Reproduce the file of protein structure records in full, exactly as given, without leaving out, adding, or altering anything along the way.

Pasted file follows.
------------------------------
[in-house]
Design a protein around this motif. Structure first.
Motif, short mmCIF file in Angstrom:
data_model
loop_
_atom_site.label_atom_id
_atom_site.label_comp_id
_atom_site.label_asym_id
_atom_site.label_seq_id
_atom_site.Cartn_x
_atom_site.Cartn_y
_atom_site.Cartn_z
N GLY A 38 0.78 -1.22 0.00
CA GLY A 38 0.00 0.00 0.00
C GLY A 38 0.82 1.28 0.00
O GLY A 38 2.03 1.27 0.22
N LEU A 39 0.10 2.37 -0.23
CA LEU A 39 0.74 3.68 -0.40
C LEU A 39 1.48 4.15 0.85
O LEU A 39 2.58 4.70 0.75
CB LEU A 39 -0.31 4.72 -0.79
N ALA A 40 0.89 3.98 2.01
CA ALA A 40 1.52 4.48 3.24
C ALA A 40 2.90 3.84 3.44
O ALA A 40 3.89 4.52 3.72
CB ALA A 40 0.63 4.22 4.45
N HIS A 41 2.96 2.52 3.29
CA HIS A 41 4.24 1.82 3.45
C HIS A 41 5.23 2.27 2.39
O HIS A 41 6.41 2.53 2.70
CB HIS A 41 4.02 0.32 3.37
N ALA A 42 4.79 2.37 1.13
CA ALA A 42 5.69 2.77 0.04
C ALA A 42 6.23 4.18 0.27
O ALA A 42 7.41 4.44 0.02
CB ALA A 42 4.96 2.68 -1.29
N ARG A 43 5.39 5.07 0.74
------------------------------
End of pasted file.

[in-house]
Design a protein around this motif. Structure first.
Motif, short mmCIF file in Angstrom:
data_model
loop_
_atom_site.label_atom_id
_atom_site.label_comp_id
_atom_site.label_asym_id
_atom_site.label_seq_id
_atom_site.Cartn_x
_atom_site.Cartn_y
_atom_site.Cartn_z
N GLY A 38 0.78 -1.22 0.00
CA GLY A 38 0.00 0.00 0.00
C GLY A 38 0.82 1.28 0.00
O GLY A 38 2.03 1.27 0.22
N LEU A 39 0.10 2.37 -0.23
CA LEU A 39 0.74 3.68 -0.40
C LEU A 39 1.48 4.15 0.85
O LEU A 39 2.58 4.70 0.75
CB LEU A 39 -0.31 4.72 -0.79
N ALA A 40 0.89 3.98 2.01
CA ALA A 40 1.52 4.48 3.24
C ALA A 40 2.90 3.84 3.44
O ALA A 40 3.89 4.52 3.72
CB ALA A 40 0.63 4.22 4.45
N HIS A 41 2.96 2.52 3.29
CA HIS A 41 4.24 1.82 3.45
C HIS A 41 5.23 2.27 2.39
O HIS A 41 6.41 2.53 2.70
CB HIS A 41 4.02 0.32 3.37
N ALA A 42 4.79 2.37 1.13
CA ALA A 42 5.69 2.77 0.04
C ALA A 42 6.23 4.18 0.27
O ALA A 42 7.41 4.44 0.02
CB ALA A 42 4.96 2.68 -1.29
N ARG A 43 5.39 5.07 0.74